John Keats writes around Tuesday 13 August 1816

Seaside sunset 2

Around this time Keats writes two verse epistles. This is opening of the one to George Keats:

To my Brother George

Full many a dreary hour have I passed,
My brain bewildered, and my mind o’ercast
With heaviness; in seasons when I’ve thought
No sphery strains by me could e’er be caught
From the blue dome, though I to dimness gaze
On the far depth where sheeted lightning plays;
Or, on the wavy grass outstretched supinely,
Pry ’mong the stars, to strive to think divinely:
That I should never hear Apollo’s song,
Though feathery clouds were floating all along
The purple west, and, two bright streaks between,
The golden lyre itself were dimly seen:
That the still murmur of the honey bee
Would never teach a rural song to me:
That the bright glance from beauty’s eyelids slanting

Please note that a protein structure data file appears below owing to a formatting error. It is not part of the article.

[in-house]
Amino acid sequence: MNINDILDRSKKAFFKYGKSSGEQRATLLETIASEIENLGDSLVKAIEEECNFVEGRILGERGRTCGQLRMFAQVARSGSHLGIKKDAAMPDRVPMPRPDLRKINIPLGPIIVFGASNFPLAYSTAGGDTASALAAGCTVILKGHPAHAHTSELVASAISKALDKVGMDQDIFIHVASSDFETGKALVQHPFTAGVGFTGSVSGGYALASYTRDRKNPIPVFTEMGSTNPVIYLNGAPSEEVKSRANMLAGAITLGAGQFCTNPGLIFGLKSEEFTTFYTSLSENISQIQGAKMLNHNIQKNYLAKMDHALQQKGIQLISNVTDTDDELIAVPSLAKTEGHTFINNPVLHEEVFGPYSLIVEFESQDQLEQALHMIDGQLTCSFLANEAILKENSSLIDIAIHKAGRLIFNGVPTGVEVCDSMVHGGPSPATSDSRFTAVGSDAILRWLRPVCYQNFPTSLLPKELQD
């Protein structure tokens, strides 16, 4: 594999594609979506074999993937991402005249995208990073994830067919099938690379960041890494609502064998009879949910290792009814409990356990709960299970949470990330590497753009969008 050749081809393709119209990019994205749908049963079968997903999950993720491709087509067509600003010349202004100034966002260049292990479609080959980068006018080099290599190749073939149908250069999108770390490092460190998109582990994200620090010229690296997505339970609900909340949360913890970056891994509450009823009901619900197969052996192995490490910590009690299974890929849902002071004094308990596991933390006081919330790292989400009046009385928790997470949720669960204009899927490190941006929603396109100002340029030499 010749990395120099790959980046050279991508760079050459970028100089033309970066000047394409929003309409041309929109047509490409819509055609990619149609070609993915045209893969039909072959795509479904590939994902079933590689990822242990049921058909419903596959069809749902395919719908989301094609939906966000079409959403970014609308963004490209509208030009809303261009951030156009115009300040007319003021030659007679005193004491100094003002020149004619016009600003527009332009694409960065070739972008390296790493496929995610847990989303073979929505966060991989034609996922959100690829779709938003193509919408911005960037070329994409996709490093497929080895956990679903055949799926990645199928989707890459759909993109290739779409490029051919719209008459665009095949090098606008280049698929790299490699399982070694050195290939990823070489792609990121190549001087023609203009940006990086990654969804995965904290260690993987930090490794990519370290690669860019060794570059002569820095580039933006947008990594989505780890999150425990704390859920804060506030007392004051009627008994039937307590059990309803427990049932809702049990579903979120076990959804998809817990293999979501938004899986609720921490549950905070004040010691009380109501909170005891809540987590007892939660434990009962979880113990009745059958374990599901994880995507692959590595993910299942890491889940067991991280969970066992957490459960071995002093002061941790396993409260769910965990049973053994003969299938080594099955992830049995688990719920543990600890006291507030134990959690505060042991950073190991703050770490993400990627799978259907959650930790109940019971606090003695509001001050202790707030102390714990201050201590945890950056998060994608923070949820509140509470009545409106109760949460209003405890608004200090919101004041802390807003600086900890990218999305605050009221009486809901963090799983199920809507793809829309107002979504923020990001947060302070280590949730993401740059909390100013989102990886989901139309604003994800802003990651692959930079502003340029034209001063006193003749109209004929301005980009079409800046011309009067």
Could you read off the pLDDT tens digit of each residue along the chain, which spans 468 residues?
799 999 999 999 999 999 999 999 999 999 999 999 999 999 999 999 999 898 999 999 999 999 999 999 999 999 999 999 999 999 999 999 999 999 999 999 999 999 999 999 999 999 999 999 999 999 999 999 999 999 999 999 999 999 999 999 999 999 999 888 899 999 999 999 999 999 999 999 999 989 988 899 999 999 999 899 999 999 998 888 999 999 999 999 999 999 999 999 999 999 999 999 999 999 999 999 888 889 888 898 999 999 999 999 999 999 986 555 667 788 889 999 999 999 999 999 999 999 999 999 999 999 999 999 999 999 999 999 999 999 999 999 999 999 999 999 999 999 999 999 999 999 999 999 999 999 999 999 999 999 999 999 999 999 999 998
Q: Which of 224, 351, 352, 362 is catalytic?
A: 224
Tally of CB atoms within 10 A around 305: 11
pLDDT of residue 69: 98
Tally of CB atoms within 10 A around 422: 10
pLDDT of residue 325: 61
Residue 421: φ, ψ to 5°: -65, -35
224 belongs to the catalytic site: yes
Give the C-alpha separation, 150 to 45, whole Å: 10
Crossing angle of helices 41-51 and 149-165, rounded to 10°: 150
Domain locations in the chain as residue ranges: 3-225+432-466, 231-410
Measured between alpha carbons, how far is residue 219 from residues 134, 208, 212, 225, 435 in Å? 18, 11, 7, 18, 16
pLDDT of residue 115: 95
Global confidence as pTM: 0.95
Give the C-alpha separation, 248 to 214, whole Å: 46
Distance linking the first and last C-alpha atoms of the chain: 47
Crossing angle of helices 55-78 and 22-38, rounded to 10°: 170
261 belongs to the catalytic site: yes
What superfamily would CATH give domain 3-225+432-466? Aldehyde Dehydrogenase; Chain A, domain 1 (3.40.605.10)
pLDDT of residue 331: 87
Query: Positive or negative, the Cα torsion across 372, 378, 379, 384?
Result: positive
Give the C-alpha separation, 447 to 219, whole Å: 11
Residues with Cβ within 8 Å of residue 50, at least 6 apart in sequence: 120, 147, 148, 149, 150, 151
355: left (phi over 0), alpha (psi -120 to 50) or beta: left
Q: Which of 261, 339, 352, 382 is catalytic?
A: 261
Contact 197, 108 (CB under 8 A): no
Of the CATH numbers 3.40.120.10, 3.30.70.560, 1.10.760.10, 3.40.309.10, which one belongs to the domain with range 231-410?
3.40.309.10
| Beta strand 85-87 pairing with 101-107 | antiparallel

Would never make a lay of mine enchanting,
Or warm my breast with ardour to unfold
Some tales of love and arms in time of old.
But there are times, when those that love the bay,
Fly from all sorrowing far, far away;
A sudden glow comes on them, naught they see
In water, earth, or air, but poesy…

Context
‘To my brother George’ lines 1-22, written in Margate August 1816 while Keats is on holiday after qualifying as an apothecary, trying to decide whether to devote his life to medicine or to poetry. Another extract will appear for 19 August.

Source

To My Brother George

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